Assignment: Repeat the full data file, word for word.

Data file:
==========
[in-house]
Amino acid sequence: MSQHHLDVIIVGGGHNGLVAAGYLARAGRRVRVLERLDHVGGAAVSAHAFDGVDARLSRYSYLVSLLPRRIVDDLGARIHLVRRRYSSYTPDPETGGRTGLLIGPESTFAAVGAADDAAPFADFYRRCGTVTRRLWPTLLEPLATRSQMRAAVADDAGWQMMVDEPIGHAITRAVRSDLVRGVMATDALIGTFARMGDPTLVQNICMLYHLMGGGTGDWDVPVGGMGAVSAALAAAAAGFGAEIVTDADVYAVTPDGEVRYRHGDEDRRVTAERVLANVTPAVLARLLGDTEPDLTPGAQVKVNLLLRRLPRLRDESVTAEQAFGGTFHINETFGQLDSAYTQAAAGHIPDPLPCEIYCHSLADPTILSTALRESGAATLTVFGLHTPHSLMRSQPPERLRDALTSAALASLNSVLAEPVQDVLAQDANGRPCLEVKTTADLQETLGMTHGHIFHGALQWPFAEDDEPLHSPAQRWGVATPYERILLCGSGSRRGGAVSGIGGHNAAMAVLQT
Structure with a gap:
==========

[in-house]
Amino acid sequence: MSQHHLDVIIVGGGHNGLVAAGYLARAGRRVRVLERLDHVGGAAVSAHAFDGVDARLSRYSYLVSLLPRRIVDDLGARIHLVRRRYSSYTPDPETGGRTGLLIGPESTFAAVGAADDAAPFADFYRRCGTVTRRLWPTLLEPLATRSQMRAAVADDAGWQMMVDEPIGHAITRAVRSDLVRGVMATDALIGTFARMGDPTLVQNICMLYHLMGGGTGDWDVPVGGMGAVSAALAAAAAGFGAEIVTDADVYAVTPDGEVRYRHGDEDRRVTAERVLANVTPAVLARLLGDTEPDLTPGAQVKVNLLLRRLPRLRDESVTAEQAFGGTFHINETFGQLDSAYTQAAAGHIPDPLPCEIYCHSLADPTILSTALRESGAATLTVFGLHTPHSLMRSQPPERLRDALTSAALASLNSVLAEPVQDVLAQDANGRPCLEVKTTADLQETLGMTHGHIFHGALQWPFAEDDEPLHSPAQRWGVATPYERILLCGSGSRRGGAVSGIGGHNAAMAVLQT
Structure with a gap: